Download Aristotle as Poet: The Song for Hermias and Its Contexts by Andrew L. Ford PDF

By Andrew L. Ford

Aristotle can be a thinker and as a theorist of poetry, yet he used to be additionally a composer of songs and verse. this is often the 1st complete research of Aristotle's poetic task, studying his last fragments in terms of the sooner poetic culture and to the literary tradition of his time. Its centerpiece is a examine of the one entire ode to outlive, a track commemorating Hermias of Atarneus, Aristotle's better half's father and buyer within the 340's BCE. This striking textual content is expounded to have embroiled the thinker in fees of impiety and so is studied either from a literary point of view and in its political and spiritual contexts.Aristotle's literary antecedents are studied with an remarkable fullness that considers the full variety of Greek poetic varieties, together with poems by means of Sappho, Pindar, and Sophocles, and prose texts to boot. except its curiosity as a posh and refined poem, the music for Hermias is noteworthy as one of many first Greek lyrics for which we now have mammoth and early proof for a way and the place it was once composed, played, and got. It hence gives a chance to reconstruct how Greek lyric texts functioned as functionality items and the way they circulated and have been preserved. The ebook argues that Greek lyric poems make the most of being learn as scripts for performances that either formed and have been formed via the social events during which they have been played. the result's an intensive and wide-ranging research of a fancy and interesting literary record that provides a fuller view of literature within the overdue classical age.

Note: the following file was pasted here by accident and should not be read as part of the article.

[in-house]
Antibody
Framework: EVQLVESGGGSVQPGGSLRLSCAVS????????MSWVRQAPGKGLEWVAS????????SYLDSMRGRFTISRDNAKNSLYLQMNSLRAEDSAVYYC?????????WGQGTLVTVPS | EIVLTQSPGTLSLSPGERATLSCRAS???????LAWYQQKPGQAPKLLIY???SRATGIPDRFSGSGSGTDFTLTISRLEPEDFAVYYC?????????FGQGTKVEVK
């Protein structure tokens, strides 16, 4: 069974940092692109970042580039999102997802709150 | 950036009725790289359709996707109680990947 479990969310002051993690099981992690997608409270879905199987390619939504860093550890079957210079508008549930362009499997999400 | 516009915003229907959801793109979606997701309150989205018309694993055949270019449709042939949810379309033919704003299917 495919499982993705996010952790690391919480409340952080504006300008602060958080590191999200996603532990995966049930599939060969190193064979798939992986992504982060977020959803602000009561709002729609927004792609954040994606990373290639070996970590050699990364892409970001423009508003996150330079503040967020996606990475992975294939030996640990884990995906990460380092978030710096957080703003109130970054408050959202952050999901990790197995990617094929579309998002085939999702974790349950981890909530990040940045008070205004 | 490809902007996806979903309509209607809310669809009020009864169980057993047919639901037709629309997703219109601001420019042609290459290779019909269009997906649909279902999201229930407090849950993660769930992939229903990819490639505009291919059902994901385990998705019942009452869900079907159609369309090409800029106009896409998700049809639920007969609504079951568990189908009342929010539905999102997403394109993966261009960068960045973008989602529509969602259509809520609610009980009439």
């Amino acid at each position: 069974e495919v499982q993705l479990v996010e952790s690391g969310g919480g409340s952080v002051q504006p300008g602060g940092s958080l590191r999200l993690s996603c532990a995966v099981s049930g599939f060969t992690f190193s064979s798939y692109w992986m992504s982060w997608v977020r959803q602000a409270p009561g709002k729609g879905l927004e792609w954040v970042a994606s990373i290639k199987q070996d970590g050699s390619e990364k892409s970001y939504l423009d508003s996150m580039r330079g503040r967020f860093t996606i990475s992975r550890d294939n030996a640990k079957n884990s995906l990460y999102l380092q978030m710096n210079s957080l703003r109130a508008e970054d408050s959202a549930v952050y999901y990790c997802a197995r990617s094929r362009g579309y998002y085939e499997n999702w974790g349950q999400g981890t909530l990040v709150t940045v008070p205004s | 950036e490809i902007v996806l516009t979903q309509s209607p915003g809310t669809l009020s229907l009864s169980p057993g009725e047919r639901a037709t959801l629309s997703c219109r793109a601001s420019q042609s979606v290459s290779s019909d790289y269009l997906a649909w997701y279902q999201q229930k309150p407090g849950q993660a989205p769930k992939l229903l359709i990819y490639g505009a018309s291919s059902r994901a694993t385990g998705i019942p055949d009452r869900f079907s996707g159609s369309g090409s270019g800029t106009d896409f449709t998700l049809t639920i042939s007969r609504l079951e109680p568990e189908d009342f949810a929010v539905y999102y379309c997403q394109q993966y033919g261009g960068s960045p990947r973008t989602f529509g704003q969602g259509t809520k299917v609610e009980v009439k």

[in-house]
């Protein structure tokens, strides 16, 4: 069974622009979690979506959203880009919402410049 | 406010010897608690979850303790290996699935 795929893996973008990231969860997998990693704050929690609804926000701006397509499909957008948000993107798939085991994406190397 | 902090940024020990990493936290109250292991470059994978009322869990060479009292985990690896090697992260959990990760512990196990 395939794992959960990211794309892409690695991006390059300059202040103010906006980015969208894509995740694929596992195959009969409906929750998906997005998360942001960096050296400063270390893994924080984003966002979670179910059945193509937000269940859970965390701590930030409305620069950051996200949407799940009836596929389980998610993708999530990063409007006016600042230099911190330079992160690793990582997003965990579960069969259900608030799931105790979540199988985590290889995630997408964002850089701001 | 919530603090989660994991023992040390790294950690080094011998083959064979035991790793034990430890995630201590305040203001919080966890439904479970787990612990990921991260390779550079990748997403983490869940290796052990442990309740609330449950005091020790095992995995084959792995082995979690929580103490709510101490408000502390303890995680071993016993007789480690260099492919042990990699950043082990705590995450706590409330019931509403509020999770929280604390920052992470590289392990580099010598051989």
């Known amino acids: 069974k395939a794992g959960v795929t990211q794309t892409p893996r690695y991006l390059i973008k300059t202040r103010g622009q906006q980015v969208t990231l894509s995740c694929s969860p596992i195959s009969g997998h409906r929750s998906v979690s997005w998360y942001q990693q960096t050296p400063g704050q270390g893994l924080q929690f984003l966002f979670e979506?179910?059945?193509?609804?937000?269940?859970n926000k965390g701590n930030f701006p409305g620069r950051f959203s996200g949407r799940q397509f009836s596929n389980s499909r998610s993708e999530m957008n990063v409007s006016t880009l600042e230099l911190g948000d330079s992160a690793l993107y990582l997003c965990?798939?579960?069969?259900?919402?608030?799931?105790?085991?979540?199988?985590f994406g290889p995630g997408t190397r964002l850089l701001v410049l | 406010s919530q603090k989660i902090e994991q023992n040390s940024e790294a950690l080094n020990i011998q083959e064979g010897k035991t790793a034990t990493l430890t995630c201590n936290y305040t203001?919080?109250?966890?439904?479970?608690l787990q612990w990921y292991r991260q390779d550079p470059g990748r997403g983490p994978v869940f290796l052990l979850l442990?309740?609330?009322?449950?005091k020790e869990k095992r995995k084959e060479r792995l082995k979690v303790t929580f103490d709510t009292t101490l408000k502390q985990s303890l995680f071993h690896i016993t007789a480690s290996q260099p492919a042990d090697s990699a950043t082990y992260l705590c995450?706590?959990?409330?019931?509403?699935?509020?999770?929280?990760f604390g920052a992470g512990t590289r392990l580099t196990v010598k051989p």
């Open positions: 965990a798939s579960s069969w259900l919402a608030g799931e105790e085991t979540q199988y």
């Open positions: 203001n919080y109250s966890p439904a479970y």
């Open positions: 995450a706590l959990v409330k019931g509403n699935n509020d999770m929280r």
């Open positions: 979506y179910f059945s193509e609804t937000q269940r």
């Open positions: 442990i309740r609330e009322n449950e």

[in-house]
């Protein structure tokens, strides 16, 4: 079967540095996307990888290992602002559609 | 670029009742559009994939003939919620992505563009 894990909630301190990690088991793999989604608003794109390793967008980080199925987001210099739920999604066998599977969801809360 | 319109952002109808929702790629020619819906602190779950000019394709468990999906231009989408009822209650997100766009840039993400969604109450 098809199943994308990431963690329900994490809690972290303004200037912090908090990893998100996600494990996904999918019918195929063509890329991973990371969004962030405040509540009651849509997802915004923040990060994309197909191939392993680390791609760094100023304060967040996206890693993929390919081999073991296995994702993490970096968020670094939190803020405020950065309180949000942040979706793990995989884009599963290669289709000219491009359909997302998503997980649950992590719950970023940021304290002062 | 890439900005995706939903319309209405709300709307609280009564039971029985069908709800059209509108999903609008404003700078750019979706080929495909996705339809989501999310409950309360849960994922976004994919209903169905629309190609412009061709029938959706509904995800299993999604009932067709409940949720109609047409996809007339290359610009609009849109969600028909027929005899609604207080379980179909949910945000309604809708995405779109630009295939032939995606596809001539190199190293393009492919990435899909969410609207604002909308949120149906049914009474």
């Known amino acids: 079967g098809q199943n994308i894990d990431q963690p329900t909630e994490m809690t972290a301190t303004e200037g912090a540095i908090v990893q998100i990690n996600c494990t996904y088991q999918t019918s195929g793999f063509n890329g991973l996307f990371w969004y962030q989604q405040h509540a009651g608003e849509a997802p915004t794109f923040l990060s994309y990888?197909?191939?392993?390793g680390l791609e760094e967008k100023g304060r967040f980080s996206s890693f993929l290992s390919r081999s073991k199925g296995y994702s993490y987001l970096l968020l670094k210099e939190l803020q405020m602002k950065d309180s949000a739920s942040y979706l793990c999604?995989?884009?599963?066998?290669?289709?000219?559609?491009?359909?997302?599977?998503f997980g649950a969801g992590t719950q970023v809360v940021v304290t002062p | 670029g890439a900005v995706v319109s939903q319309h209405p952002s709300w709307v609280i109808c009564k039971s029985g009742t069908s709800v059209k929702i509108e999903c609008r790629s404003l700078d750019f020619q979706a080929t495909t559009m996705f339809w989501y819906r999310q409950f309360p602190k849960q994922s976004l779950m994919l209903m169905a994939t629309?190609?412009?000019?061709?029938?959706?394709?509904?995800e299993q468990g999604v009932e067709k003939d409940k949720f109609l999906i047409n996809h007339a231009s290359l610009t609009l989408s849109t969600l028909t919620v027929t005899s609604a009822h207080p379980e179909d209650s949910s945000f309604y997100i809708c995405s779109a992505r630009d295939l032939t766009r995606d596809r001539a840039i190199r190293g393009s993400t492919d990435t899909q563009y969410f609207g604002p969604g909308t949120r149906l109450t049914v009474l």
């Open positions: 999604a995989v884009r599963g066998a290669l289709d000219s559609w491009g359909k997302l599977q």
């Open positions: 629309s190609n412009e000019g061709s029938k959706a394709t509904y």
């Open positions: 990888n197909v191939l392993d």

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Extra resources for Aristotle as Poet: The Song for Hermias and Its Contexts

Sample text

These men once upon a time lost their youth by gleaming Eurymedon contending with the champions of the bow-bearing Medes, warriors, both foot soldiers and on swift-faring ships; they left behind the finest memorial of aretê when they died. 5 Aristotle’s epigram too, although the deictic pronoun leading off the poem would seem to tie it to a stone, has undoubtedly had life apart from “this” monument, circulating in oral re-performance and making Persian perfidy resound among hearers who would never set eyes on the stone (as it continues to do this day).

In other words, we may underestimate the power of Aristotle’s rhetoric when we assume as realists that some actual monument, now lost, lies behind Diogenes’ quotation rather than crediting the poetic “this” of the verse with generating our belief in a stone on which the text was first inscribed. 6 In a book epigram the “Here lies . . 7 If occasion and context can powerfully affect the meaning given a poem, poetic language can do a good deal to determine the contexts and occasions we imagine for it as well—almost to the point of producing a stone out of thin air.

Postmodern reading holds further that reference in texts is not only inescapably intralinguistic but also endless, so that we create meaning only by arbitrarily breaking into this sign-tosign relay. It happens that our phrase can illustrate this point as well. 40-1 Colonna). A deconstructionist would be happy to accept this testimony that the one historical name in our poem, “Atarneus,” properly belongs not to the city but to its founder, and that it is only the linguistic process of metonymy, a process of transferring meaning, that fixes the word onto the physical place as its true His t o r y an d C o n t e x t 13 and “proper” name.

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